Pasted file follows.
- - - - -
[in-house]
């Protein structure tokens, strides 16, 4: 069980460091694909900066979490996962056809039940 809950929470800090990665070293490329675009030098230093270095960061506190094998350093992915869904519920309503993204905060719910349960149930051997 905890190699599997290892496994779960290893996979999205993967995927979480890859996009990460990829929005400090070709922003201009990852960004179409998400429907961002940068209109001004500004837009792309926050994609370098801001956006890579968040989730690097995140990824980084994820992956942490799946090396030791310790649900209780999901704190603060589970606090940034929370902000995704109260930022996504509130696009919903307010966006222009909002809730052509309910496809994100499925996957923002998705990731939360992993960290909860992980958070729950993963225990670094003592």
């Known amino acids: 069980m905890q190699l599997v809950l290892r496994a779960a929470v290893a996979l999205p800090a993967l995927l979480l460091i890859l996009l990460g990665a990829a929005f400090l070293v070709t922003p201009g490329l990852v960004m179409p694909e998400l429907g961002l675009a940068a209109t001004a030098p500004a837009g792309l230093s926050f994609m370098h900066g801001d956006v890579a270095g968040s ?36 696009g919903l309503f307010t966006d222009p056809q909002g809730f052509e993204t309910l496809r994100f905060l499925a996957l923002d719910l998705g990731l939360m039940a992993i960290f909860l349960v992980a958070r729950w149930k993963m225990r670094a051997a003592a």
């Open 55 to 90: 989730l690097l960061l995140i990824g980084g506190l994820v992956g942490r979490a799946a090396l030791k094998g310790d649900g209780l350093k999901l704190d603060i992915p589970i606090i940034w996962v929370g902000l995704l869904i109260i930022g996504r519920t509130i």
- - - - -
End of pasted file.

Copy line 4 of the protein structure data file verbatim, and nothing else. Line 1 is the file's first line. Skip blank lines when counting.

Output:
């Open 55 to 90: 989730l690097l960061l995140i990824g980084g506190l994820v992956g942490r979490a799946a090396l030791k094998g310790d649900g209780l350093k999901l704190d603060i992915p589970i606090i940034w996962v929370g902000l995704l869904i109260i930022g996504r519920t509130i």